Divisors of (X^a-1)/(X-1) x is an odd prime, a is odd integer

When factoring a number like (37^3-1)/36 = 3*7*67, I've noticed that almost all have at least one prime factor larger than x (e.g. 67 > 37). I would like to know for what values of x,a are ALL of the prime factors of (X^a-1)/(X-1) less than X. For example (79^3-1)/78 = 3*7^2*43 and 43 < 79 so one example is x = 79, a = 3. My math education level is first year of high school so a transparent explanation, if possible, would be great. I understand basic congruences.

Re: Divisors of (X^a-1)/(X-1) x is an odd prime, a is odd integer

Certainly. $\displaystyle \frac{x^a-1}{x-1}$ has the form $\displaystyle x^{a-1} + x^{a-2} + \cdots + x + 1$, correct? So what you're really asking for is the set of integers of the form

$\displaystyle \alpha = \sum_{i=0}^{n} x^n$

which are such that $\displaystyle \forall$ primes $\displaystyle p$, $\displaystyle p|\alpha$ $\displaystyle \Rightarrow$ $\displaystyle p < x$. This is not a high school level problem, particularly for U.S. students, but it is not beyond approach. Let me put it this way for you, which should lead you to the answer:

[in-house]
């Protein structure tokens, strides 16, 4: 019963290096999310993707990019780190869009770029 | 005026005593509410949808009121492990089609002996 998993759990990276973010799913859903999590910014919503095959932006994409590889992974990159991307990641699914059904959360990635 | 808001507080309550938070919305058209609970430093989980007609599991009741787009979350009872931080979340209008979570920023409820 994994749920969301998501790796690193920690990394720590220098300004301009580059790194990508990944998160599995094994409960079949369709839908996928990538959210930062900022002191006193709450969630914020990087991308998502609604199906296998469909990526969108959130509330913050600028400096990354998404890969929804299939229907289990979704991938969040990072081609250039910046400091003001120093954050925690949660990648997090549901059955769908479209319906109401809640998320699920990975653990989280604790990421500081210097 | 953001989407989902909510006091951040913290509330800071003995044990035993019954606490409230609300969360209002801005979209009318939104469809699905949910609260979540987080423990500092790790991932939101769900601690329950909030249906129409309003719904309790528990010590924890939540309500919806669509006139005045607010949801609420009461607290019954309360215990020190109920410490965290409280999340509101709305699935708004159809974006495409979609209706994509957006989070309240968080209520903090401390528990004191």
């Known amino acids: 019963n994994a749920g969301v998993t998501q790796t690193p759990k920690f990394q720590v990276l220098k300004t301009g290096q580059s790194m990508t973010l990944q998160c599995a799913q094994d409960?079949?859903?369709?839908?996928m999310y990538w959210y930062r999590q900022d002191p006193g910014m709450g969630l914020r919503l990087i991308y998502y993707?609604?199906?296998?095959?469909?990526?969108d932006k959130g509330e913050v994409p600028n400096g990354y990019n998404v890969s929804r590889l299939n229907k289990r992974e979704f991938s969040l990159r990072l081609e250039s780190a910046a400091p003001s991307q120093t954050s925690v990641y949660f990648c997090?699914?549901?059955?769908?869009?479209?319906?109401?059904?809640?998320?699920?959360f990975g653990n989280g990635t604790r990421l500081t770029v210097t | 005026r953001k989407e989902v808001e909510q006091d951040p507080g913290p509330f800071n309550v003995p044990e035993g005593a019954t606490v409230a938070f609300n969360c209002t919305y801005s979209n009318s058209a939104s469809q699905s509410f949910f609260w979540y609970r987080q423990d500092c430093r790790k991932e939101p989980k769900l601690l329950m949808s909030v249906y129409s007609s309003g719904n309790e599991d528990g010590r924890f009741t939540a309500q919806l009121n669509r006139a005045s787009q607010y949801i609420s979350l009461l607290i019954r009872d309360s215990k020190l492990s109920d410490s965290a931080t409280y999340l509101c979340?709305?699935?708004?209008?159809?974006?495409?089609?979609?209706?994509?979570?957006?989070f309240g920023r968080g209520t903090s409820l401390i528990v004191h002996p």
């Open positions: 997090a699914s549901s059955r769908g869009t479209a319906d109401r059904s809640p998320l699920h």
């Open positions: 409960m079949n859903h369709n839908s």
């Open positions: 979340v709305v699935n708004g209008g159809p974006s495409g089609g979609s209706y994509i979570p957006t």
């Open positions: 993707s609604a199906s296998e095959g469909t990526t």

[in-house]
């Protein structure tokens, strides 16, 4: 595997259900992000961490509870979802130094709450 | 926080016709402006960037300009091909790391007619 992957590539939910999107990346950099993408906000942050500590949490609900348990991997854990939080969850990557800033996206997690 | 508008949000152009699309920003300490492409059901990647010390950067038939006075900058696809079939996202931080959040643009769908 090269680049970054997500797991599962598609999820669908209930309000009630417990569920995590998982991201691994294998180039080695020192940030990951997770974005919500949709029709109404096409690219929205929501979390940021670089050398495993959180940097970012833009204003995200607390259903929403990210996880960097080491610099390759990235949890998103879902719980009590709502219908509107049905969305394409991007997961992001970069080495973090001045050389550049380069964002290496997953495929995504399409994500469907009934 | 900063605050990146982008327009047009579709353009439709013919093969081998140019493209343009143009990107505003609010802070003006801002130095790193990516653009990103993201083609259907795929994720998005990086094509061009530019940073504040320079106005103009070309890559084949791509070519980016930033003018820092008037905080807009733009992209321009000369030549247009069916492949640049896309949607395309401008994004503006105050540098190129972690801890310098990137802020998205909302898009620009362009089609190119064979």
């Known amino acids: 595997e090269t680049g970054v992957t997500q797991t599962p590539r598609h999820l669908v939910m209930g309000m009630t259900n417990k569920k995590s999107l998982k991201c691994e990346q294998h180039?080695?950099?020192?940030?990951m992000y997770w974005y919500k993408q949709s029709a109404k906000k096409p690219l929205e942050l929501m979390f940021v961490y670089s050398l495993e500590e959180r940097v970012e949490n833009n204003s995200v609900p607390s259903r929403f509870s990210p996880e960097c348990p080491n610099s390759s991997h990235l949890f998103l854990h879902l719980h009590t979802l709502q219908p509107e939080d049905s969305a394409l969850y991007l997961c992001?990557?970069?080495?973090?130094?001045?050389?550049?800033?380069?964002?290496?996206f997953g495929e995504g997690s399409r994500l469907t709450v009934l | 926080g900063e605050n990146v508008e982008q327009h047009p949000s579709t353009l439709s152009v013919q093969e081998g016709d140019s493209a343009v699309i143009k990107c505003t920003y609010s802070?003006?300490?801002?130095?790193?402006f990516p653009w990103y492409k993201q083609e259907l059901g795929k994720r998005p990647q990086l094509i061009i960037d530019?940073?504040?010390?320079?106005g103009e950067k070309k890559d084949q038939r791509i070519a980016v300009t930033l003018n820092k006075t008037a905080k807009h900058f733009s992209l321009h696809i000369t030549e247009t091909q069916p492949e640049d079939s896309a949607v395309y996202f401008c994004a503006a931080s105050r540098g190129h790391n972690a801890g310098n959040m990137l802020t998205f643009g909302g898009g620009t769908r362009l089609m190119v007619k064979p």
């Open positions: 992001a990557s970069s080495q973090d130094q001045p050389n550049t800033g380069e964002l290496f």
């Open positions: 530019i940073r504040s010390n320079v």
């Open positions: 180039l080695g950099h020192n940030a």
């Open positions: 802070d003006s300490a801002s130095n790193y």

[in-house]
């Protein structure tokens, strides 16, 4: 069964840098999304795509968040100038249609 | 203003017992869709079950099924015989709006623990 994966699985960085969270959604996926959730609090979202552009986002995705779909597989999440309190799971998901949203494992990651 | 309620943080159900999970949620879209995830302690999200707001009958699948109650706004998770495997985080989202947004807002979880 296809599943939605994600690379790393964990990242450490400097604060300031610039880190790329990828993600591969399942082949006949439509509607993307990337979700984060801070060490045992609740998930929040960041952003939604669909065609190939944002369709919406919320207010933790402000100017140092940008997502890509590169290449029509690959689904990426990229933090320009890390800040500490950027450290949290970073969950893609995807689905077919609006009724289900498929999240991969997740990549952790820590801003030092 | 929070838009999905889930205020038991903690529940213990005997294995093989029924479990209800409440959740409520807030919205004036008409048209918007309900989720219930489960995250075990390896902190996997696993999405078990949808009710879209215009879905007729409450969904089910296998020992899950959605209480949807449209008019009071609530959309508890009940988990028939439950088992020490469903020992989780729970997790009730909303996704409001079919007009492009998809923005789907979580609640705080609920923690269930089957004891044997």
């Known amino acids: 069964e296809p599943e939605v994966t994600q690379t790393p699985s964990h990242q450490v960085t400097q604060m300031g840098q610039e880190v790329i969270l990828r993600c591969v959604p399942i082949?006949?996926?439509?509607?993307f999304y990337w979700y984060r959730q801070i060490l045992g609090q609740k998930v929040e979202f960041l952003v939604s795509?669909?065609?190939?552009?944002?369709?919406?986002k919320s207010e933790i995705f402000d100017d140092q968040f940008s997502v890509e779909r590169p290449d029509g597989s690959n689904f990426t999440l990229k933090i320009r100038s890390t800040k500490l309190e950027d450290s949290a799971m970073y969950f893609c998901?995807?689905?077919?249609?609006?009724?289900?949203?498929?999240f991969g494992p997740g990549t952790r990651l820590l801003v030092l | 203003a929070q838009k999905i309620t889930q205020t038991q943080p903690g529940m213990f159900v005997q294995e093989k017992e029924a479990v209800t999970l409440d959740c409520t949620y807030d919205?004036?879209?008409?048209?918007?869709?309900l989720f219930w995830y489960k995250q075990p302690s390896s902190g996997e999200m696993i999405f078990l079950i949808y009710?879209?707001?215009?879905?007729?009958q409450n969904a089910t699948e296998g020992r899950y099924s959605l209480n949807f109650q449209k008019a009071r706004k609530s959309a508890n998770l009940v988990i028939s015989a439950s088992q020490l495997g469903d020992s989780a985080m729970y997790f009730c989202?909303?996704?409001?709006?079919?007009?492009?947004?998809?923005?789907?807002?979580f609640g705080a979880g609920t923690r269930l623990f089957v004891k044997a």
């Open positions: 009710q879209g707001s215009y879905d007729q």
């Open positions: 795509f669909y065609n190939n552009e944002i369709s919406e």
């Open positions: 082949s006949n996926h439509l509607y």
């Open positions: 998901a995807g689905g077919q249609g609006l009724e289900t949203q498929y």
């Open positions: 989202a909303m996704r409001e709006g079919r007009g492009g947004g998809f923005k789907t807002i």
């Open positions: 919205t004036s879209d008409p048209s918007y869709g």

What you're trying to avoid is that there is a prime $\displaystyle p, p > x$ such that [$\displaystyle 1 \equiv a \pmod p$], [$\displaystyle x \equiv b \pmod p$], $\displaystyle \dots$, [$\displaystyle x^n \equiv n \pmod p$] where [$\displaystyle a + b + \cdots n \equiv kp \equiv 0 \pmod p$]. So try looking at a few cases that solve the system of equations you're looking for them to solve and make a couple of hypotheses (although it should be moderately apparent, and if not, the OEIS is always a good tool, if it wouldn't feel too much like cheating. But don't only look at primes for values of $\displaystyle x$ or you will not find the sequence!). You will find that there is a certain class of numbers that admits the property which you seek, and a proof by contradiction follows without too much trouble. It is a much easier problem algebraically than when using strictly elementary tools, but I see how to go about it using only elementary techniques. Another hint: Ignore the '1' and try to avoid [$\displaystyle b + c + \cdots n \equiv p-1 \equiv -1 \pmod p$].

The proof is not short, but I will come back in a week or two and write it out for you if you still have not come up with the solution.